What makes Starosel controversial is Dr Kitov's hypothesis that it was not just a simple tomb, but a heroon instead, a shrine devoted to mythical or real forefathers, which was repeatedly revisited by living relatives. Some historians challenge this idea, but it has already entered mass tourism – the signs to the mound guide you to the "Cult Complex Starosel."
A bronze head of Thracian King Seuthes III, 4th Century BC
The Thracian kings and noblemen drank wine from cups of gold and silver, and priests used elaborately decorated vessels in religious rituals. Gold was considered a divine metal, and many noblemen went into the afterlife with gold wreaths on their heads, gold masks on their faces, and a multitude of gold jewellery and wine cups, along with richly decorated helmets and greaves. Some of these were made by Thracians masters, others were commissioned from the best Greek craftsmen, living far from Thrace.
Visiting two museums in Sofia is the easiest way the see these marvels of an ancient craft. In the treasure room of the National Archaeological Museum (2 Saborna St, daily from 10 am to 6 pm; www.naim.bg) lies one of the most fascinating finds Bulgaria has ever produced. The Valchitran Treasure is a collection of 13 gold vessels weighing 12.5 kg, made in the 2nd Millennium BC ‒ about the time of the Trojan War. The National History Museum (16 Vitoshko Lale St, daily, summer from 9.30 am to 6 pm, winter from 9 am to 5.30 pm; www.historymuseum.org) is the home of the exquisite gold drinking vessels from Panagyurishte and the Mogilanska Mogila mound and of the delicate harness decorations from Letnitsa, with scenes from Thracian cosmological myths.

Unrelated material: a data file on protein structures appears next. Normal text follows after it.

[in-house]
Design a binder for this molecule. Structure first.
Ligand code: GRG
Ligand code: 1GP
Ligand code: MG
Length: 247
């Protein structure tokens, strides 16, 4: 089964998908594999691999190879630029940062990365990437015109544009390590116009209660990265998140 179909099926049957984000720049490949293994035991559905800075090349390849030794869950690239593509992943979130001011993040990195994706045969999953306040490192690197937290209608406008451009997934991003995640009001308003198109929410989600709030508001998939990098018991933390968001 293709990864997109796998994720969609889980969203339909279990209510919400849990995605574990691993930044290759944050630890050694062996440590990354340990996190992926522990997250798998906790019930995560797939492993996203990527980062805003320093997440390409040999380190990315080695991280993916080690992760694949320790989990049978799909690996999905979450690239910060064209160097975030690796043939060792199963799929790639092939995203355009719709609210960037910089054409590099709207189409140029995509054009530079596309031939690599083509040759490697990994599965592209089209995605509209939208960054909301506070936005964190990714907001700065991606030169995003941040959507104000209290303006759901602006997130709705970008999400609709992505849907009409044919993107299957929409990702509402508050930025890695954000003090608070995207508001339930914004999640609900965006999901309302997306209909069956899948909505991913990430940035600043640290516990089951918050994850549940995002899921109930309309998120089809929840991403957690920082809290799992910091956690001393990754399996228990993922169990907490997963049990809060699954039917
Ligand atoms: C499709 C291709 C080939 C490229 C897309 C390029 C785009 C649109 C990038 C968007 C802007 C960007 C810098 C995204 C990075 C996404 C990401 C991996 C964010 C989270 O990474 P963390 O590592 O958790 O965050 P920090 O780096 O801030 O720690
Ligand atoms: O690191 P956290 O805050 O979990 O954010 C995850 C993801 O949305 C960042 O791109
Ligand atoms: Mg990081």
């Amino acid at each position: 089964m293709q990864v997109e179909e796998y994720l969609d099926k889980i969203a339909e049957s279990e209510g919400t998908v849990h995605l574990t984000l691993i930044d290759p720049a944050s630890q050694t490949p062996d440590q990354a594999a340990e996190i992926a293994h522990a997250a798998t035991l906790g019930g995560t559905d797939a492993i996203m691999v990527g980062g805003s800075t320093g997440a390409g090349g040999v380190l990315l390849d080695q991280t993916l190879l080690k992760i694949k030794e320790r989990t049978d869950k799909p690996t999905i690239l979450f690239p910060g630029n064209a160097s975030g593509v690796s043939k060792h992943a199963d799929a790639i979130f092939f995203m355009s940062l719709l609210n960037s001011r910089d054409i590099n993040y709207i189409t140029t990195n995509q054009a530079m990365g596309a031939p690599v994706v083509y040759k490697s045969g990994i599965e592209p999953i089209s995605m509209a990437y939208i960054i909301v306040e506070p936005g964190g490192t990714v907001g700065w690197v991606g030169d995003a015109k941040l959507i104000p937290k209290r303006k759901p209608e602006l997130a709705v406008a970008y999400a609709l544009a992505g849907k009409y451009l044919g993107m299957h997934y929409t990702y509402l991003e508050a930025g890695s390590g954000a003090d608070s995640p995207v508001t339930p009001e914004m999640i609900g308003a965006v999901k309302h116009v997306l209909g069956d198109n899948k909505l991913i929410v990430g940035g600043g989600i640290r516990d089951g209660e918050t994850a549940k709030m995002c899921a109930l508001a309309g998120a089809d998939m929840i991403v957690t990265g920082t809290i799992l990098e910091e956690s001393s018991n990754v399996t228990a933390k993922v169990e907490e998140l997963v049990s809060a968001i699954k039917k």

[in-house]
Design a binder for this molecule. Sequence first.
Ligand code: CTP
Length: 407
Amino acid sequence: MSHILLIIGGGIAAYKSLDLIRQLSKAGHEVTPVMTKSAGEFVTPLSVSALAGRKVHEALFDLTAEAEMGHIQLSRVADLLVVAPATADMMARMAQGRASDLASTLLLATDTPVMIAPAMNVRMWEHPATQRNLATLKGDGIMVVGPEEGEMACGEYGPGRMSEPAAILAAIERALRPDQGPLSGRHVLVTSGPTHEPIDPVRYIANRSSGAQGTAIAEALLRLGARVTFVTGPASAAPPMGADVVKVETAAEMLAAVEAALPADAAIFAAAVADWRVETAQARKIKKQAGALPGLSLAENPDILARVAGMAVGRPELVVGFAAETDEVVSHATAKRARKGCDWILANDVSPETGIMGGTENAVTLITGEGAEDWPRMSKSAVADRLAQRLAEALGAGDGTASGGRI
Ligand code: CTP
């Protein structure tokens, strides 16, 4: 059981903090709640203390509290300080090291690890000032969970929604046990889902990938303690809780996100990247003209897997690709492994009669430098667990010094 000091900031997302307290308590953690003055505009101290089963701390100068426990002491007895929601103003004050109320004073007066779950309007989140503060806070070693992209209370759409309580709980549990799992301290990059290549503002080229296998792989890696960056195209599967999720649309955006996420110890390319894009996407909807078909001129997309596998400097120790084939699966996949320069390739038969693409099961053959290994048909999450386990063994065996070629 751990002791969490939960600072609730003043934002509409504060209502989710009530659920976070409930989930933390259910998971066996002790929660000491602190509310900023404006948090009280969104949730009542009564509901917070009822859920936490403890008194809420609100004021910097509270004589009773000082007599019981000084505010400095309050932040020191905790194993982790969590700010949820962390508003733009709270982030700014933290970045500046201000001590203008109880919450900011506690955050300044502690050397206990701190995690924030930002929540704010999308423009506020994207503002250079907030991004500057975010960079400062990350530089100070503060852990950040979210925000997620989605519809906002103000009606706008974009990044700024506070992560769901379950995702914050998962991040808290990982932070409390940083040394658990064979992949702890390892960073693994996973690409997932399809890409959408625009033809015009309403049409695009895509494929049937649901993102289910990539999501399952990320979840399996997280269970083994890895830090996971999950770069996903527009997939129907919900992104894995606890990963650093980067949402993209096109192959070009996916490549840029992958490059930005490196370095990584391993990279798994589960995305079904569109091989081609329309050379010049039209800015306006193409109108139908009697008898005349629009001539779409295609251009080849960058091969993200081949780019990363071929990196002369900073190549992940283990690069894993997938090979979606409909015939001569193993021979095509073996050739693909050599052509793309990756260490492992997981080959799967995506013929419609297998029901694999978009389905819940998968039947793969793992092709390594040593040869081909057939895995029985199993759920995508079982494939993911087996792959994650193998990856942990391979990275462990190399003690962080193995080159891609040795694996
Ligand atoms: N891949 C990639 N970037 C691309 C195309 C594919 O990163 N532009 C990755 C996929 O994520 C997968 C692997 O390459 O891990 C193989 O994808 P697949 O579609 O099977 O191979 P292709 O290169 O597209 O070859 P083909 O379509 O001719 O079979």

Regional museums are worth visiting, too. Vratsa Historical Museum (Vratsa, 2 Hristo Botev Sq, weekdays from 9 am to 6 pm; www.vratsamuseum.com) exhibits the amazing Rogozen Treasure, the largest ever found in Bulgaria. The museum of Kazanlak also has a fine collection of treasures (Kazanlak, 8 Petko Slaveykov St, daily from 9 am to 5.30 pm; www.muzei-kazanlak.org) excavated from nearby tombs.
Eastern Mound at Karanovo
Thracian aristocrats went down the road to death riding their favourite chariot, with their favourite hunting dog running around. And it was quite literal. Archaeologists often find dogs and horses still in their harnesses pulling a chariot – slain and buried along their dead masters.
Until recently, the awe of stumbling upon a buried Thracian chariot was for two kinds of people, archaeologists and treasure-hunters.
It all changed in 2008, when a group of archaeologists began excavations at the Eastern Mound in a Thracian necropolis at Karanovo, near Nova Zagora. Treasure-hunters were the first to dig there, but they somehow missed the chariot they were after (a Thracian chariot on the international black market is very expensive). The skeletons of two horses were still harnessed in the chariot, and a slain hunting dog lay nearby. Excavations also revealed other precious artefacts, like a rare silver cup with dancing Eroses, and a glass rython in the form of a snail. The tomb dated back to the 1st Century AD.
Unlike so many Thracian sites that hit the news and are then abandoned to the elements, the Eastern Mound was lucky. In 2010, its content was conserved, with the chariot and the animal skeletons left in situ.
The Eastern Mound is now open daily for tourists from 9 am to 6 pm.
While there, do visit the nearby prehistoric settlement in Karanovo. A landmark site in the Balkans prehistory, it accumulates strata from the Neolithic to the Bronze Age.
Thracians built dolmens, too – mostly in the Strandzha mountains – from the 2nd Millennium to the middle of the
1st Millennium BC. The majority are small and often in places far removed from the tourist trail. One, however, stands out. The dolmen near the village of Hlyabovo, near Haskovo, is a huge affair. This family burial ground has three adjoining chambers where artefacts were found that indicate it was in use from 1,000 until 500 BC. The dolmen is near the road from Topolovgrad to Haskovo, at the end of a short and easy path, but it is not signposted. No entrance fee, or working hours.